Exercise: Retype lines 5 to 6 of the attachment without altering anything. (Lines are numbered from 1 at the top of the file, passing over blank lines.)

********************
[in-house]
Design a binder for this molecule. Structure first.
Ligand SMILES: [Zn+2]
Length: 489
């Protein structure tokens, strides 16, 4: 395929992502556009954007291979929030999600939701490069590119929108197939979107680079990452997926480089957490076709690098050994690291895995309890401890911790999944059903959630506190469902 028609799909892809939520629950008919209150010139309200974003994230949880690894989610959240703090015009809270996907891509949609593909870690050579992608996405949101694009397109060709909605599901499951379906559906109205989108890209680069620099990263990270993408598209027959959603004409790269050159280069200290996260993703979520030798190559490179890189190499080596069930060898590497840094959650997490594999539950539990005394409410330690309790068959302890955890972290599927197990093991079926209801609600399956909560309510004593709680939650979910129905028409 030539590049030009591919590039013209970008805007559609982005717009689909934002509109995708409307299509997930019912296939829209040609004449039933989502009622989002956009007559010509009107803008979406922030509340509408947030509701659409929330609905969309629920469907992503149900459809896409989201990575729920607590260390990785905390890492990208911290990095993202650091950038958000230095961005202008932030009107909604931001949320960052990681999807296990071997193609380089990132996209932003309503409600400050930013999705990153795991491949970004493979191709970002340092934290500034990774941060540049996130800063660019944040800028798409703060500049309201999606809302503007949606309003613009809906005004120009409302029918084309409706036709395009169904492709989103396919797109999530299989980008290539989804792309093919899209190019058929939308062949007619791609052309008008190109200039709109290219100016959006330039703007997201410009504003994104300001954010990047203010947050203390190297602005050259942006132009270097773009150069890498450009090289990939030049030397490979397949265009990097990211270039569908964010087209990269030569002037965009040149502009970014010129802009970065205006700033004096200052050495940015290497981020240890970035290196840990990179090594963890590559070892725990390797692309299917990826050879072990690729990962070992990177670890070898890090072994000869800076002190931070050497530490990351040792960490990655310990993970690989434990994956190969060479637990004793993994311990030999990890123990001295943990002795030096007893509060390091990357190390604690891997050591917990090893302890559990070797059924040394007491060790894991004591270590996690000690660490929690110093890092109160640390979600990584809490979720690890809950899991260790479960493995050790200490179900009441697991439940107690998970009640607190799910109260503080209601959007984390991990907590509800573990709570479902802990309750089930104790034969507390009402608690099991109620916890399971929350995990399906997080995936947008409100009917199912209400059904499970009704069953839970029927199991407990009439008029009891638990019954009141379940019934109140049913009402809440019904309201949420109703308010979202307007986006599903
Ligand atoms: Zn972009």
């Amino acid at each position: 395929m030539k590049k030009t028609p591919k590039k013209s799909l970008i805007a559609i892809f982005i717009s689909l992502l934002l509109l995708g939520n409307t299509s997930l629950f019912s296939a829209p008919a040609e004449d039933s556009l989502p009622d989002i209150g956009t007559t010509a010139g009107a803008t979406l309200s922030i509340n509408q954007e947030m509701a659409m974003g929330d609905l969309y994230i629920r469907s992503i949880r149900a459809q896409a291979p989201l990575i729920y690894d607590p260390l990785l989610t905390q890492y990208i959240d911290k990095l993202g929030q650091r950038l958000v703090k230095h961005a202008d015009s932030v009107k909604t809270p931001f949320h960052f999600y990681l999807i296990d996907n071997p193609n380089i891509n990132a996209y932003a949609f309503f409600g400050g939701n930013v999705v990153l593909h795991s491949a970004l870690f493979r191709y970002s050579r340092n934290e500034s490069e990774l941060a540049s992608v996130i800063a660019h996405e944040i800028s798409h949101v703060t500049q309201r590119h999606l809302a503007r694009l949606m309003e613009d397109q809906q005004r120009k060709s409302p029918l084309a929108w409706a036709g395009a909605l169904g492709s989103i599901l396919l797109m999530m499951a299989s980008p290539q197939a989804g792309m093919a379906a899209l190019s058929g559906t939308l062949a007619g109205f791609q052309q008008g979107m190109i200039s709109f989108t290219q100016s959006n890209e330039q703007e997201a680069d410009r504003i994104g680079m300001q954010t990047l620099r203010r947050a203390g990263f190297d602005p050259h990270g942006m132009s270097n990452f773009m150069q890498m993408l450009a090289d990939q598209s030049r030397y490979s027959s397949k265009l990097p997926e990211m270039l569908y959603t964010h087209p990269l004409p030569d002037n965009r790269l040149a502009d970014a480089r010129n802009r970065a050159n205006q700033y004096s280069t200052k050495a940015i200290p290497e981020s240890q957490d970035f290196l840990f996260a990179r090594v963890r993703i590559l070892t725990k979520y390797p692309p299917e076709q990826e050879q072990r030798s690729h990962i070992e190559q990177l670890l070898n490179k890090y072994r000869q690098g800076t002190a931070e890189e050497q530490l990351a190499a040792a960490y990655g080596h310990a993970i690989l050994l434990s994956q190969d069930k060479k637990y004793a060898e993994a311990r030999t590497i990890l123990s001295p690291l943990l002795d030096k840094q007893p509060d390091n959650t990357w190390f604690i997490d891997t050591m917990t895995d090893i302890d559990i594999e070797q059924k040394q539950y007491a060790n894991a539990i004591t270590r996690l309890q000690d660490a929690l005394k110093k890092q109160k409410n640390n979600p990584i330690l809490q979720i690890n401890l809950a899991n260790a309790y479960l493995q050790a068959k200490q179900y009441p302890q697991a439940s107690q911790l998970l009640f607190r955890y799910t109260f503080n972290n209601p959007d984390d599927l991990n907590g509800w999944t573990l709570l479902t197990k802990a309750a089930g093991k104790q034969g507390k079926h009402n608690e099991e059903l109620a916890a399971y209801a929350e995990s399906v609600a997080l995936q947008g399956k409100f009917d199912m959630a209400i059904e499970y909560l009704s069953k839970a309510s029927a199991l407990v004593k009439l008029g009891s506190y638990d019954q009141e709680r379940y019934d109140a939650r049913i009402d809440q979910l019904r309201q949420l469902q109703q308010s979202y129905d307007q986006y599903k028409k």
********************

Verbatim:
């Protein structure tokens, strides 16, 4: 395929992502556009954007291979929030999600939701490069590119929108197939979107680079990452997926480089957490076709690098050994690291895995309890401890911790999944059903959630506190469902 028609799909892809939520629950008919209150010139309200974003994230949880690894989610959240703090015009809270996907891509949609593909870690050579992608996405949101694009397109060709909605599901499951379906559906109205989108890209680069620099990263990270993408598209027959959603004409790269050159280069200290996260993703979520030798190559490179890189190499080596069930060898590497840094959650997490594999539950539990005394409410330690309790068959302890955890972290599927197990093991079926209801609600399956909560309510004593709680939650979910129905028409 030539590049030009591919590039013209970008805007559609982005717009689909934002509109995708409307299509997930019912296939829209040609004449039933989502009622989002956009007559010509009107803008979406922030509340509408947030509701659409929330609905969309629920469907992503149900459809896409989201990575729920607590260390990785905390890492990208911290990095993202650091950038958000230095961005202008932030009107909604931001949320960052990681999807296990071997193609380089990132996209932003309503409600400050930013999705990153795991491949970004493979191709970002340092934290500034990774941060540049996130800063660019944040800028798409703060500049309201999606809302503007949606309003613009809906005004120009409302029918084309409706036709395009169904492709989103396919797109999530299989980008290539989804792309093919899209190019058929939308062949007619791609052309008008190109200039709109290219100016959006330039703007997201410009504003994104300001954010990047203010947050203390190297602005050259942006132009270097773009150069890498450009090289990939030049030397490979397949265009990097990211270039569908964010087209990269030569002037965009040149502009970014010129802009970065205006700033004096200052050495940015290497981020240890970035290196840990990179090594963890590559070892725990390797692309299917990826050879072990690729990962070992990177670890070898890090072994000869800076002190931070050497530490990351040792960490990655310990993970690989434990994956190969060479637990004793993994311990030999990890123990001295943990002795030096007893509060390091990357190390604690891997050591917990090893302890559990070797059924040394007491060790894991004591270590996690000690660490929690110093890092109160640390979600990584809490979720690890809950899991260790479960493995050790200490179900009441697991439940107690998970009640607190799910109260503080209601959007984390991990907590509800573990709570479902802990309750089930104790034969507390009402608690099991109620916890399971929350995990399906997080995936947008409100009917199912209400059904499970009704069953839970029927199991407990009439008029009891638990019954009141379940019934109140049913009402809440019904309201949420109703308010979202307007986006599903
Ligand atoms: Zn972009």